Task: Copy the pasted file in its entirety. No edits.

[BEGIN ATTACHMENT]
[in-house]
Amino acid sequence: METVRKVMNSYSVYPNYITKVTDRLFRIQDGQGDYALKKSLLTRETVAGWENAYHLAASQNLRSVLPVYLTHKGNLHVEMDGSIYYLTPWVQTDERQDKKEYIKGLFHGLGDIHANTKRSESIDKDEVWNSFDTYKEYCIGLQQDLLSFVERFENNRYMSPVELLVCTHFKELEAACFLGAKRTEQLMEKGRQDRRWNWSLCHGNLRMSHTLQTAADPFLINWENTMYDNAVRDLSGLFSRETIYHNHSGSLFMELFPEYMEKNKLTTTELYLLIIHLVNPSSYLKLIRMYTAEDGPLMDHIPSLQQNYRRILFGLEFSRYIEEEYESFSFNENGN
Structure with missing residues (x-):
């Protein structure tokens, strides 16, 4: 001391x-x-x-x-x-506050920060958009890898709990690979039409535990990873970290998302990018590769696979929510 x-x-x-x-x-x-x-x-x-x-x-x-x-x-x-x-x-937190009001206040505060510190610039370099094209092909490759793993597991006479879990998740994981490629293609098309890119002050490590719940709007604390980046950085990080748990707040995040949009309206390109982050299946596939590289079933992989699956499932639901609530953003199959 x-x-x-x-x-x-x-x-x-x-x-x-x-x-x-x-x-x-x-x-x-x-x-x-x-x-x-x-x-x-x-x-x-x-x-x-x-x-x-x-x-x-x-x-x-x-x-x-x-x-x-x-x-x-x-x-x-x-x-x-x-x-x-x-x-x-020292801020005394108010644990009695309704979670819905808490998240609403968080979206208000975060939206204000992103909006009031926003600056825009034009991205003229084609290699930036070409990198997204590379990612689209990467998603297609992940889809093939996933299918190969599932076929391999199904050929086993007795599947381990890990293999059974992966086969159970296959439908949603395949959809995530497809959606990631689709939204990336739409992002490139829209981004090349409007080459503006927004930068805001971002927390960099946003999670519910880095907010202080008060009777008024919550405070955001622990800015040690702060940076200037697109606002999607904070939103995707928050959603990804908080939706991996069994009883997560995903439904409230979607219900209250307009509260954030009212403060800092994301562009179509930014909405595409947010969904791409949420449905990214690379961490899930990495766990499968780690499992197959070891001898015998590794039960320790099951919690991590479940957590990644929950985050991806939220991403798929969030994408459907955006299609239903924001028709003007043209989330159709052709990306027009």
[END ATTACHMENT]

[in-house]
Amino acid sequence: METVRKVMNSYSVYPNYITKVTDRLFRIQDGQGDYALKKSLLTRETVAGWENAYHLAASQNLRSVLPVYLTHKGNLHVEMDGSIYYLTPWVQTDERQDKKEYIKGLFHGLGDIHANTKRSESIDKDEVWNSFDTYKEYCIGLQQDLLSFVERFENNRYMSPVELLVCTHFKELEAACFLGAKRTEQLMEKGRQDRRWNWSLCHGNLRMSHTLQTAADPFLINWENTMYDNAVRDLSGLFSRETIYHNHSGSLFMELFPEYMEKNKLTTTELYLLIIHLVNPSSYLKLIRMYTAEDGPLMDHIPSLQQNYRRILFGLEFSRYIEEEYESFSFNENGN
Structure with missing residues (x-):
């Protein structure tokens, strides 16, 4: 001391x-x-x-x-x-506050920060958009890898709990690979039409535990990873970290998302990018590769696979929510 x-x-x-x-x-x-x-x-x-x-x-x-x-x-x-x-x-937190009001206040505060510190610039370099094209092909490759793993597991006479879990998740994981490629293609098309890119002050490590719940709007604390980046950085990080748990707040995040949009309206390109982050299946596939590289079933992989699956499932639901609530953003199959 x-x-x-x-x-x-x-x-x-x-x-x-x-x-x-x-x-x-x-x-x-x-x-x-x-x-x-x-x-x-x-x-x-x-x-x-x-x-x-x-x-x-x-x-x-x-x-x-x-x-x-x-x-x-x-x-x-x-x-x-x-x-x-x-x-x-020292801020005394108010644990009695309704979670819905808490998240609403968080979206208000975060939206204000992103909006009031926003600056825009034009991205003229084609290699930036070409990198997204590379990612689209990467998603297609992940889809093939996933299918190969599932076929391999199904050929086993007795599947381990890990293999059974992966086969159970296959439908949603395949959809995530497809959606990631689709939204990336739409992002490139829209981004090349409007080459503006927004930068805001971002927390960099946003999670519910880095907010202080008060009777008024919550405070955001622990800015040690702060940076200037697109606002999607904070939103995707928050959603990804908080939706991996069994009883997560995903439904409230979607219900209250307009509260954030009212403060800092994301562009179509930014909405595409947010969904791409949420449905990214690379961490899930990495766990499968780690499992197959070891001898015998590794039960320790099951919690991590479940957590990644929950985050991806939220991403798929969030994408459907955006299609239903924001028709003007043209989330159709052709990306027009």